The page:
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Executive’s Best Business Option going Forward: using Option Solving?

While in Florida working with a client sometime back, she pointed out some of the relationship difficulties she was experiencing with a key product executive. He had been in her company for quite some time and had done some great things, but the two of them were increasingly at odds over the corporate culture and progress. She didn’t want to lose him, owing to his talents and creativity, but their difficult relationship was having an increasing impact on other key players.

Once she understood the principles of the option solving approach, she participated in applying her rational thinking to put an appropriate question and considerations together; as if acting on his behalf. It came out like this: “What is executive’s best business option going forward: considering 1) could consider giving a stake in a new product area, 2) complete the transaction asap, 3) continuing as we are makes everyone feel uncomfortable and , 4) retain a solid working relationship throughout?” Note how we contained her to four considerations, even though there were others, in order not to make the question overly complex.

Now she had this question in place, she set about anticipating her executive’s likely yin and yang “bookends” to form a framework for possible viable options. These transpired as follows: “Remain as current Head of Product Sales” and “Find another position elsewhere.” Since these were both probably untenable for her executive, you can look at our Latest Worked Example to see why he probably wouldn’t consider these two bookends. Even so, they would act as prompts for her executive’s intuitive mind, when he reviews the resulting “pictogram” so as to produce more viable options.

You will see where she subsequently created six options on his behalf, instead of the strongly recommended five as a minimum, which included space for him to suggest his own option(s) when the time came. Such an activity would help pull him into the process. You can see her/his (?) six alternatives in our Latest Example: where one is: “Option B: Work from separate office away from HO, while considering options.”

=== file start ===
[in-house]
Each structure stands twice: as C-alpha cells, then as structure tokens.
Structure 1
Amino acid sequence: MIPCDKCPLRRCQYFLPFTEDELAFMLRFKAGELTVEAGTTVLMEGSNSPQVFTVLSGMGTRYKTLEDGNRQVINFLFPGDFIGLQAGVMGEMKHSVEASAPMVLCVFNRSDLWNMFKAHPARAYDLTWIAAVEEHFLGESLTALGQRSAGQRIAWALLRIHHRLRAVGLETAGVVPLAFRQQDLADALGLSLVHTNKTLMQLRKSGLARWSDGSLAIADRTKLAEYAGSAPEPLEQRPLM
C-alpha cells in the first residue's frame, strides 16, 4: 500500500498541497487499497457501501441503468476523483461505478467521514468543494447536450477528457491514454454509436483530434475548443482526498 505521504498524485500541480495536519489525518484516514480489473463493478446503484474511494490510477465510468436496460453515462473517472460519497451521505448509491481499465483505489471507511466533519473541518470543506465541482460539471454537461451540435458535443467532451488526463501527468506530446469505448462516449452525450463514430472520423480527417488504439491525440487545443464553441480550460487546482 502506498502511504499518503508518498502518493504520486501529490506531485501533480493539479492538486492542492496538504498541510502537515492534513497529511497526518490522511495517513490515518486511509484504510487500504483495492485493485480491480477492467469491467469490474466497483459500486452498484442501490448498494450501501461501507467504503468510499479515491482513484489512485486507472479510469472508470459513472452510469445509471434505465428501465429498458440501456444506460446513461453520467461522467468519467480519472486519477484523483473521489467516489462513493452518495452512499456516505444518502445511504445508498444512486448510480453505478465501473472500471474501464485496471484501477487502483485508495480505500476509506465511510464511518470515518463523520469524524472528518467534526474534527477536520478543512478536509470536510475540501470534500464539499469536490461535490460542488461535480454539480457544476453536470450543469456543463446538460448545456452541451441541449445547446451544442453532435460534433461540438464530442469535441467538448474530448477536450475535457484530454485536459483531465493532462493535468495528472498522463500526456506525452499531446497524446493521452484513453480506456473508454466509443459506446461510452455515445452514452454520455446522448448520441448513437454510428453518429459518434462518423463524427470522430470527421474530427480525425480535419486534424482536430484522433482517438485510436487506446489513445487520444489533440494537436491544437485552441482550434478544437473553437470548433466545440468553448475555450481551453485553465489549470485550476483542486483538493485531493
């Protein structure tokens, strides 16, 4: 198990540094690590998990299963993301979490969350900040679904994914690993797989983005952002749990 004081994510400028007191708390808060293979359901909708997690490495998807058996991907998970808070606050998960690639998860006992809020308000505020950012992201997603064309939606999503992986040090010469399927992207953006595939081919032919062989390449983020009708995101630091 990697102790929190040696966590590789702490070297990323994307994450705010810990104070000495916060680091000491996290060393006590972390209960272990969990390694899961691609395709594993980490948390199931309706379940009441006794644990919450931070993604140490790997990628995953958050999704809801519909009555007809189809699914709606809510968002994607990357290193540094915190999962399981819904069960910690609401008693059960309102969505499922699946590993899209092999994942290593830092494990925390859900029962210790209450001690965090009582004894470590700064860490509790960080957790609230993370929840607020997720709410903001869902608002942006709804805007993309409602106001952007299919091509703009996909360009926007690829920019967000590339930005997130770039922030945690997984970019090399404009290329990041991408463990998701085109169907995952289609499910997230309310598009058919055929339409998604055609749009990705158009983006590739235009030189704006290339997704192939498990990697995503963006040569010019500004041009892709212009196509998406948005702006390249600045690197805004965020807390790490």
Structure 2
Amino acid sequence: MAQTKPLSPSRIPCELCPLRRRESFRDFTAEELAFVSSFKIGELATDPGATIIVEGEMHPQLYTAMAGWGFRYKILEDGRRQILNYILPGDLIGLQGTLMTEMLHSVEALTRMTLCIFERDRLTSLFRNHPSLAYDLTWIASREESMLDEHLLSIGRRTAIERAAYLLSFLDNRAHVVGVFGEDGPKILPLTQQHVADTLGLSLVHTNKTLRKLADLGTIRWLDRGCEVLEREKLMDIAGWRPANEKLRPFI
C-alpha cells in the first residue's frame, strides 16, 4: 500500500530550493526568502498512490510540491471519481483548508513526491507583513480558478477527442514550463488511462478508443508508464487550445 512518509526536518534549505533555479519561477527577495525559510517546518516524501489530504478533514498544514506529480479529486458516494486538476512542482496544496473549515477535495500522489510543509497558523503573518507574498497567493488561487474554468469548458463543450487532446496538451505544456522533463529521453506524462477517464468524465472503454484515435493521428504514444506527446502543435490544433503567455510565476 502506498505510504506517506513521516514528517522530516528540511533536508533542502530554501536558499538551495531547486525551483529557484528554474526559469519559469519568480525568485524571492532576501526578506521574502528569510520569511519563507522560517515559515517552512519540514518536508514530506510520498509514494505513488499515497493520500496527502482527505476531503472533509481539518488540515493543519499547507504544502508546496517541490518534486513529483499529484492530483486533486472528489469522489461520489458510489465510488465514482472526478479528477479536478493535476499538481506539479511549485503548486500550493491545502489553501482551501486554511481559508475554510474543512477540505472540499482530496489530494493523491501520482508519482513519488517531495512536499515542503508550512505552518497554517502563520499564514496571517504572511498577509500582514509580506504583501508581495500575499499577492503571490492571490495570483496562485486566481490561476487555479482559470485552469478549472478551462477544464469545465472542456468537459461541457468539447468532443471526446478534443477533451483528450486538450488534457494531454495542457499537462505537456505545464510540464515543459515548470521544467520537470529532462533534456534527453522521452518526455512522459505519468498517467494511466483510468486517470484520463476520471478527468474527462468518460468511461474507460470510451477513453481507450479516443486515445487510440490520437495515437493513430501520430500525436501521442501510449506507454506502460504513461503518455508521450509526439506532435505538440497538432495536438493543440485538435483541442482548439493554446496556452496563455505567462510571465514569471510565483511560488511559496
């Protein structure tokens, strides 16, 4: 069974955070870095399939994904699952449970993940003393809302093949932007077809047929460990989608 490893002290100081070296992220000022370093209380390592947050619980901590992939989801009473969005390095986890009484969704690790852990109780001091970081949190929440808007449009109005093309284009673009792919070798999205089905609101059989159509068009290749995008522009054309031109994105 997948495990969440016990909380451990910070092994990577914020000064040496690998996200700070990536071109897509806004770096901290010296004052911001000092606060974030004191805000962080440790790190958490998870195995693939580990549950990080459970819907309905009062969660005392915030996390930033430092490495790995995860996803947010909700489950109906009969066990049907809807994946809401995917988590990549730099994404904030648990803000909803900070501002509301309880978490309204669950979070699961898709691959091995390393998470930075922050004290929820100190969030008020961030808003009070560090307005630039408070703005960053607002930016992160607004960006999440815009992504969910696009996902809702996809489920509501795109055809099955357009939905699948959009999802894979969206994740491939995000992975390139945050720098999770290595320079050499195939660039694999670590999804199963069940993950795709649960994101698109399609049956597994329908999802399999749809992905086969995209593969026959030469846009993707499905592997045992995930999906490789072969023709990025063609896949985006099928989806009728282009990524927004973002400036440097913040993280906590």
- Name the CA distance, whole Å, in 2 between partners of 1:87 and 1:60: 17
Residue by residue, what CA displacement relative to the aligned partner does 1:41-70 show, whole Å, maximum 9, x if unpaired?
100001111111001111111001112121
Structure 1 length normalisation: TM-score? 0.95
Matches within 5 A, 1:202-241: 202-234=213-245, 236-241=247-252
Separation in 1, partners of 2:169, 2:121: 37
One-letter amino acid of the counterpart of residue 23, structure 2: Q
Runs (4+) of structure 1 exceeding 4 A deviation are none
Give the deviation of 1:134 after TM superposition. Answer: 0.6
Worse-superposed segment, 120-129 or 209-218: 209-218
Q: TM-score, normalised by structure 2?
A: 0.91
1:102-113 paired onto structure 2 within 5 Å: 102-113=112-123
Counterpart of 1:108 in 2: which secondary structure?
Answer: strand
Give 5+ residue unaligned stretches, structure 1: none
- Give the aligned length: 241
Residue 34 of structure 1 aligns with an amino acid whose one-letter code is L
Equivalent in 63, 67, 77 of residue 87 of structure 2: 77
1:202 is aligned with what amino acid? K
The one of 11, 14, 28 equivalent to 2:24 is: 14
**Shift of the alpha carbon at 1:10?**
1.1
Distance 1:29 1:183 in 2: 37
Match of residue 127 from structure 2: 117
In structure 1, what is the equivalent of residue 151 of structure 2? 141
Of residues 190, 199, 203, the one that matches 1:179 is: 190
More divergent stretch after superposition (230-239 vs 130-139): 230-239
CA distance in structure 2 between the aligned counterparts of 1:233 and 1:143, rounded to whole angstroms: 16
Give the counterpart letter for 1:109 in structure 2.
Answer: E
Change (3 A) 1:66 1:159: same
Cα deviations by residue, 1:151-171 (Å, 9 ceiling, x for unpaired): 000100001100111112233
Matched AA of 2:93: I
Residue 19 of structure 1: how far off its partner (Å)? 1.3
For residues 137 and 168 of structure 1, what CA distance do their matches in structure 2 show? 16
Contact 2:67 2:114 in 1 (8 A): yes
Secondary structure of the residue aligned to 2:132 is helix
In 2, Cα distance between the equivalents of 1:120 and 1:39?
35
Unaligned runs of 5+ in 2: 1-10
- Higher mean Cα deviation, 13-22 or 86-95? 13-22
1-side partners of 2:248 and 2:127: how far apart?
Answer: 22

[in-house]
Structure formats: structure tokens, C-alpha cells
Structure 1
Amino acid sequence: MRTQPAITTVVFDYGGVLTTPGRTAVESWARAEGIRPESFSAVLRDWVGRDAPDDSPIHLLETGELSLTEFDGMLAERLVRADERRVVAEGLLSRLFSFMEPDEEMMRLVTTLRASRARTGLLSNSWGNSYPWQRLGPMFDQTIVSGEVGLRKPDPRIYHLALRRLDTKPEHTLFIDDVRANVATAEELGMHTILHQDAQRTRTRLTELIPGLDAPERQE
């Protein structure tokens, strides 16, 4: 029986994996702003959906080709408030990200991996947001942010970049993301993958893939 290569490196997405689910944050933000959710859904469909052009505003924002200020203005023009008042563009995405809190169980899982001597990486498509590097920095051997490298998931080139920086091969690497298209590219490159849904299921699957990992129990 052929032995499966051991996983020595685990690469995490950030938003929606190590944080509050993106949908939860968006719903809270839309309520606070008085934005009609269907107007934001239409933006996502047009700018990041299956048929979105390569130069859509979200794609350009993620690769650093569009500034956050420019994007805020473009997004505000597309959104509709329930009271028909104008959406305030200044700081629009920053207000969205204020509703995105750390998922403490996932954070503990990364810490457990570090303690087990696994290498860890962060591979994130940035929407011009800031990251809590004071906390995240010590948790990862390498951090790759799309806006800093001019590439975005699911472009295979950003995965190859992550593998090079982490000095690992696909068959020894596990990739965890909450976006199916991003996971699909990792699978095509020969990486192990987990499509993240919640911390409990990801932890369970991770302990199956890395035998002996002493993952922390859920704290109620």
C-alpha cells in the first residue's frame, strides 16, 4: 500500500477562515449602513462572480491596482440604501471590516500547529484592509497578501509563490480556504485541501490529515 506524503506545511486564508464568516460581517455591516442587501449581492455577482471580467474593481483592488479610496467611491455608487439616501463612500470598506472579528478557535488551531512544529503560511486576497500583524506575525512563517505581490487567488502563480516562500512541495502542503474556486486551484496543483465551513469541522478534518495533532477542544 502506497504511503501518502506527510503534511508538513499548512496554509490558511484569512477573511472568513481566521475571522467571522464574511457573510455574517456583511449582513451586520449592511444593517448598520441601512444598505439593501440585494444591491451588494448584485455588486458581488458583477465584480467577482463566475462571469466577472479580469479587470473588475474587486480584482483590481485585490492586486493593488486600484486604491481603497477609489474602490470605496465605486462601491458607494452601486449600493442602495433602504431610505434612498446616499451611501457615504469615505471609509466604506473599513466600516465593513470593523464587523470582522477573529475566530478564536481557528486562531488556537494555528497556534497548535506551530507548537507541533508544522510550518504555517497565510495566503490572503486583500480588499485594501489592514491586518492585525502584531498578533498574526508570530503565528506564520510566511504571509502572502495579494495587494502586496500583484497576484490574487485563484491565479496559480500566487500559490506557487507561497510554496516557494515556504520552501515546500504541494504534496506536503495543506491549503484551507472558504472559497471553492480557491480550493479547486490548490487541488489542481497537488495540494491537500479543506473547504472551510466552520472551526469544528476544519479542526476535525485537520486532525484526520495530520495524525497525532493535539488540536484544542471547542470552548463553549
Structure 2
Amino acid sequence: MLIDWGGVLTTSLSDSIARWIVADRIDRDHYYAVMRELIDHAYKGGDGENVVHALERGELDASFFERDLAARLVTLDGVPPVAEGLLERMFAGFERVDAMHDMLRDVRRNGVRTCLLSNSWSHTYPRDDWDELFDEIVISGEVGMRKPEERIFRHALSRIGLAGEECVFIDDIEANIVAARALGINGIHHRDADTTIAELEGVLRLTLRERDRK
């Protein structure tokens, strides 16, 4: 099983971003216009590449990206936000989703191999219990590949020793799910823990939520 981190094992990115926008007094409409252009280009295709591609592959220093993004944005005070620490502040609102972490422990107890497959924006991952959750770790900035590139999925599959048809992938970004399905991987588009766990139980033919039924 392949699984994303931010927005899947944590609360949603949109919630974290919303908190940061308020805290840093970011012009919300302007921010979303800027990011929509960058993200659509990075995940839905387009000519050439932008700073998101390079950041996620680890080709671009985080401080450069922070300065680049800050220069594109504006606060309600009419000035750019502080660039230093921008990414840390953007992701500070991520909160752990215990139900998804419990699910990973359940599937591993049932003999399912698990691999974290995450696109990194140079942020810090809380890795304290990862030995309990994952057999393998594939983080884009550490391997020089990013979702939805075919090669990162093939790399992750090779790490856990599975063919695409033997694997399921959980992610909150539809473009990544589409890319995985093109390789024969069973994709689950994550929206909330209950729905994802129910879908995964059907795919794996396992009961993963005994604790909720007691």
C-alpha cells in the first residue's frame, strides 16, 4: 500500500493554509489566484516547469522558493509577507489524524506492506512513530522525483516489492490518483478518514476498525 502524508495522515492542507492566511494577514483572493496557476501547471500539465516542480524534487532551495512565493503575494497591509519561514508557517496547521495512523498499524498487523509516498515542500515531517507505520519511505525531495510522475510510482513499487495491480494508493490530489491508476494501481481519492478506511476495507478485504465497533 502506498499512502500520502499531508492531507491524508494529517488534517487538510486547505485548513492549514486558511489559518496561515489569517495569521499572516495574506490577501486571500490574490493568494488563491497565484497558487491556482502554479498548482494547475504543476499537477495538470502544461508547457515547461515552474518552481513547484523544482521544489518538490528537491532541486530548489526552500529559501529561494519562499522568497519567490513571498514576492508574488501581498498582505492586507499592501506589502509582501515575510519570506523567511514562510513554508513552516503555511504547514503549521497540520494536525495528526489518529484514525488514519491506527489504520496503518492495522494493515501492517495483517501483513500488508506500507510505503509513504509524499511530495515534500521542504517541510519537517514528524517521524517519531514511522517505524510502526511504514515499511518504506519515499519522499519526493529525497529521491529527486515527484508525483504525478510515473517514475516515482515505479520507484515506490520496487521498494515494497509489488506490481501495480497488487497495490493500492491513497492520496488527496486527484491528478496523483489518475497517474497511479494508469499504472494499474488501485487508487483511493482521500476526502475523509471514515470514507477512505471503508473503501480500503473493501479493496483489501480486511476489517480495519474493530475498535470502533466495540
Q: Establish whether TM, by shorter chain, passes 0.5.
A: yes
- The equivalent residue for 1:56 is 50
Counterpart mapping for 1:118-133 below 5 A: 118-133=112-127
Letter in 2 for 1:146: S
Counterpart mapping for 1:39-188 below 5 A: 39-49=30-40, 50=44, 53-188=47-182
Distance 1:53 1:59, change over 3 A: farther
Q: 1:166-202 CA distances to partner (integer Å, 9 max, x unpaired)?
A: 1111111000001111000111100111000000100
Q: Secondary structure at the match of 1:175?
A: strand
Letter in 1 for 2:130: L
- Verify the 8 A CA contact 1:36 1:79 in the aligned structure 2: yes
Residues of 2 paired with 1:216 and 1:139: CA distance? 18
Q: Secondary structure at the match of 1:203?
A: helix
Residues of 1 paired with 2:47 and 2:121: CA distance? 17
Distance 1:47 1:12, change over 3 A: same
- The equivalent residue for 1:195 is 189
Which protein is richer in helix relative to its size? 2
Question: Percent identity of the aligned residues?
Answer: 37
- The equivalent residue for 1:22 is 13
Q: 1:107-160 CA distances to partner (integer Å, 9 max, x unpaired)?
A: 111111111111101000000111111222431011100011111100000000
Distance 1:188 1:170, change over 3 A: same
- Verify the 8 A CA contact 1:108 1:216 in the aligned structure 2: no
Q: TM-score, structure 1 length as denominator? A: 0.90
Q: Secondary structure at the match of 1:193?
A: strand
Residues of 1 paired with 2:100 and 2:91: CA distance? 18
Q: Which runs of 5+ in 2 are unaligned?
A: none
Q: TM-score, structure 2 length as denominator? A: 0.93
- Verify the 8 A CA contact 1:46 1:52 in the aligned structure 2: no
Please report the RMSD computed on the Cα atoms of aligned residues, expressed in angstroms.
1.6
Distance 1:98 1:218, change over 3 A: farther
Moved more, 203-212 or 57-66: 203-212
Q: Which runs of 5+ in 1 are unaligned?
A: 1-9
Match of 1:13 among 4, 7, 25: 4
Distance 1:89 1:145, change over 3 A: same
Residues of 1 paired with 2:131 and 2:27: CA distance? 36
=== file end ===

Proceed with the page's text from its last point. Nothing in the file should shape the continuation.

However, the intention was for this business owner to have a quiet discussion with her executive about their impasse, let him produce his own sixth option, or more, and encourage him to pursue some emotional distancing overnight to allow his intuitive mind to contemplate his life’s experiences and relate them to these options. So, which option would you choose if you were in this executive’s position?

The woman owner was briefed on how to handle the situation, when her

executive came back to her the following morning, with a decision on his preferred option. In essence, this would then give them the opportunity to work through a likely action initiative, while the whole thinking was still fresh in his mind. Despite any drawbacks, he should be encouraged to move ahead, since his intuitive mind had helped him pick his best option based on his known personality and circumstances.

If you have an example of your own, please share it with this blogger, through the COMMENTS area.  Thanks Option Solving. (NOTE: Next posting in 2 weeks: “What’s our best option if current proposal is turned down?” Let’s have your COMMENTS or go to peter@ ileadershipsolutions.com to connect with the blogger. Also consider buying the book: “Smart Decisions: Goodbye Problems, Hello Options” through amazon.com)